[rescue] Happy New Year! RIP, Sun/Solaris...
abuse at cabal.org.uk
Wed Jan 5 11:11:36 CST 2011
On Wed, Jan 05, 2011 at 11:29:36AM -0500, Patrick Giagnocavo wrote:
> On 1/5/2011 11:06 AM, Peter Corlett wrote:
>> Context switches are extremely expensive operations and best avoided.
>> Your shiny quad core box takes about the same time as a 6502 to do a
>> context switch.
> Source? or simple back of the envelope math showing it?
It was an amusing fact I was told by a low-level hacker, although he was
specifically referring to interrupt latency.
Up to a point, you can intuit it. An interrupt or system call involves
stopping the world on the CPU, flushing the pipeline, storing state, and
starting again. The Pentium 4 is really bad at this due to the very large
pipeline, which is why it is often much slower than the raw MHz figure would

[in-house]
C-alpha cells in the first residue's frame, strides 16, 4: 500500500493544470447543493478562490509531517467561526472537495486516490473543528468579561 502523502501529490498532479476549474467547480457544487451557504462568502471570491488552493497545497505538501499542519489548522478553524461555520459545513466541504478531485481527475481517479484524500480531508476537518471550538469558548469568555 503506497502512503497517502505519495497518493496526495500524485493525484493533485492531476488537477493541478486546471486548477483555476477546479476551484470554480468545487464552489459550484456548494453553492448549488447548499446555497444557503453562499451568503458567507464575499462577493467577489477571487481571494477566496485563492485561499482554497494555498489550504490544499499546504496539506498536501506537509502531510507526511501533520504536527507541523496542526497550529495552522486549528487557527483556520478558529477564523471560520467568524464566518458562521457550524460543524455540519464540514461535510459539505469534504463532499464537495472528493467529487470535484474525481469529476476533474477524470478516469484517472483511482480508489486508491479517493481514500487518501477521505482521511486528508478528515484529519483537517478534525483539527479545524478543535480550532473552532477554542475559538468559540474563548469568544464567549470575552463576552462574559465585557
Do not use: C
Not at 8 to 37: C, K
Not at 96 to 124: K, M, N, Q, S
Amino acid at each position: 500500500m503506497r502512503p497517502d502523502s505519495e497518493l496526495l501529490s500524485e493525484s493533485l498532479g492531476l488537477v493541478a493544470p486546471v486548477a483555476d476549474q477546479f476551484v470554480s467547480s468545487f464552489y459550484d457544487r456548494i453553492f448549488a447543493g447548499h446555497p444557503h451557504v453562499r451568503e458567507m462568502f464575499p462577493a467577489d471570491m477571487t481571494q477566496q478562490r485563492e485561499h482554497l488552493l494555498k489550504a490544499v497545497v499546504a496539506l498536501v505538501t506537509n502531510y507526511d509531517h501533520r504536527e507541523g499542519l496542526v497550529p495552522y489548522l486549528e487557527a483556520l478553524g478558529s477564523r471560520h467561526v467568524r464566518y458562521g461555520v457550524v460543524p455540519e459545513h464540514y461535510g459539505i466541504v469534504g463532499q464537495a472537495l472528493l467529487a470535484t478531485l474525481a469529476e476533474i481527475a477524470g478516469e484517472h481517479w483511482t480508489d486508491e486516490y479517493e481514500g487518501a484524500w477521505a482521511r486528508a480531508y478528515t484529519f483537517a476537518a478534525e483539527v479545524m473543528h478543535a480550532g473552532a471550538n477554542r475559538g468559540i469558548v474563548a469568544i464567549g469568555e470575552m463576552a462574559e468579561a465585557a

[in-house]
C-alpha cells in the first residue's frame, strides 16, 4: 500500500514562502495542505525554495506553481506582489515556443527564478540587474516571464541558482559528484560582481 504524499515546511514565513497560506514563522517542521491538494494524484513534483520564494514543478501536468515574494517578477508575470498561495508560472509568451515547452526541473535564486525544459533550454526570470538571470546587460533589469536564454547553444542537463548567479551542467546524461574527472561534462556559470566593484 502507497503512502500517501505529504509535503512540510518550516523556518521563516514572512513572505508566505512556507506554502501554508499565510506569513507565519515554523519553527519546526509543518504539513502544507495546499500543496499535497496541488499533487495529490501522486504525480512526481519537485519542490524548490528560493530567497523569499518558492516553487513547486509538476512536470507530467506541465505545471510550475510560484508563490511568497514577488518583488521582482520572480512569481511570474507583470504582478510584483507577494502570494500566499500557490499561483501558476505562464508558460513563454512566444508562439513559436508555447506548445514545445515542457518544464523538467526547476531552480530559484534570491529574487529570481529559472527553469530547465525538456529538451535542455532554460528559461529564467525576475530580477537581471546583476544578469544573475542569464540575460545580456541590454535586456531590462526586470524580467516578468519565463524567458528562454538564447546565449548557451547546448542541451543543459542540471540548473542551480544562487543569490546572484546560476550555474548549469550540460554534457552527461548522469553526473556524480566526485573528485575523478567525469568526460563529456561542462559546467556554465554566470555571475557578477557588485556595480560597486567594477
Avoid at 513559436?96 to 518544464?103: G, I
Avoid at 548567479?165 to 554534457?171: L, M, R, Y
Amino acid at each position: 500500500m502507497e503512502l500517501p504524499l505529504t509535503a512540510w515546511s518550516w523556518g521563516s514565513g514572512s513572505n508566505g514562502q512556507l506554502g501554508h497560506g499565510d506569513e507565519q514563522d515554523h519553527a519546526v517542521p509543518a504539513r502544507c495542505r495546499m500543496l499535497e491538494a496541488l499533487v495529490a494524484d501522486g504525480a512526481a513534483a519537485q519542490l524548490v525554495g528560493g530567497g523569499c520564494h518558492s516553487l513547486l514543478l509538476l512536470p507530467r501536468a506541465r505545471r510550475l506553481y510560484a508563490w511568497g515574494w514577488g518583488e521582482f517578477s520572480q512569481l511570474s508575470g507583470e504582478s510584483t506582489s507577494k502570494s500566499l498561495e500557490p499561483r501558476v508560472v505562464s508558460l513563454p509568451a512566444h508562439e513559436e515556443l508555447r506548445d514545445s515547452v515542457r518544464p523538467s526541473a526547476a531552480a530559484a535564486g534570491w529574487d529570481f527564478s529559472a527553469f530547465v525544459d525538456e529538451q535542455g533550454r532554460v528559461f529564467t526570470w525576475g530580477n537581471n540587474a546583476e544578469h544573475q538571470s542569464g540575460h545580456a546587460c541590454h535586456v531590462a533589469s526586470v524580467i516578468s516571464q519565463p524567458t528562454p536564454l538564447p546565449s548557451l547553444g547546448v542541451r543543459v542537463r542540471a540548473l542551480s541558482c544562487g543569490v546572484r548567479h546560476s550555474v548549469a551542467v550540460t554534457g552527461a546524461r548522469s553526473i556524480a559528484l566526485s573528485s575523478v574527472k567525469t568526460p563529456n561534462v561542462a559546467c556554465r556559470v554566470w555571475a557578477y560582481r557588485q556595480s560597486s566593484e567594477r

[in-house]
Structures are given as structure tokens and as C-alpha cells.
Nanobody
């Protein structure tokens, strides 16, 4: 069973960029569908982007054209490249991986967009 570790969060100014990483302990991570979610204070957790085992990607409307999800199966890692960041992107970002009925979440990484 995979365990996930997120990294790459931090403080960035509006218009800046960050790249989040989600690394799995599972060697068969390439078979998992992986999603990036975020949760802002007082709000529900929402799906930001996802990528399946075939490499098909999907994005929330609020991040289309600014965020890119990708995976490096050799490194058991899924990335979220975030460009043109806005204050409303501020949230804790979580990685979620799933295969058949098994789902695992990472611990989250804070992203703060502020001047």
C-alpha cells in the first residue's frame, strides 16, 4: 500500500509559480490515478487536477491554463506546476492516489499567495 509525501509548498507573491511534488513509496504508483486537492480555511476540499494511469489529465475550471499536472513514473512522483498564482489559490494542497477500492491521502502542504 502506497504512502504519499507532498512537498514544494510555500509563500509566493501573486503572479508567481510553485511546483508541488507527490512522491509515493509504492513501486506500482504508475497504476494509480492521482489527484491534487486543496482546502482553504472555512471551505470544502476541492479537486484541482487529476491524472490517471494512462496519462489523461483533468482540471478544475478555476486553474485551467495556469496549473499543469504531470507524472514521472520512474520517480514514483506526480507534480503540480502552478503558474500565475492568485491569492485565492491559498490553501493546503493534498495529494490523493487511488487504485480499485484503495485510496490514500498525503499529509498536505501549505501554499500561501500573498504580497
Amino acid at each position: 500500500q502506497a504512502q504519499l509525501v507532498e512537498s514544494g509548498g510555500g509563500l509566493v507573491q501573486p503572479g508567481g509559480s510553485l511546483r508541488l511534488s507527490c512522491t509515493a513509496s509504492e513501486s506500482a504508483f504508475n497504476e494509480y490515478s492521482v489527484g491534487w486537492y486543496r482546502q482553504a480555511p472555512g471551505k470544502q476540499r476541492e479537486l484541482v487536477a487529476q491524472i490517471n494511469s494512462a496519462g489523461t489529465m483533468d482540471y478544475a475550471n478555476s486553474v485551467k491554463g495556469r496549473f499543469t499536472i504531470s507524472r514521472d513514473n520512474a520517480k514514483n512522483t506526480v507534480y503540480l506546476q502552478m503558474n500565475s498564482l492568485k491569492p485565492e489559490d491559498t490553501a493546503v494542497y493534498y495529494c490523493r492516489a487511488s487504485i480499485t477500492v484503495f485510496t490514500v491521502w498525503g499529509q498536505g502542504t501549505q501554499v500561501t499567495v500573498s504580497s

suggest. Odds are that this is going to involve waiting on RAM as well,
adding latency. RAM latency hasn't improved all that much over the years
with most of the performance improvements in improved bandwidth, so stopping
the world and starting somewhere new and unexpected in RAM is going to
require many wait states.
There are also benchmarks of dubious reliabilty that you can find on Google.
However, the general trend I was seeing is that that a no-op syscall
typically takes a single-digit number of microseconds.
A 6502 takes of the order of ten microseconds to do a BRK + RTI.
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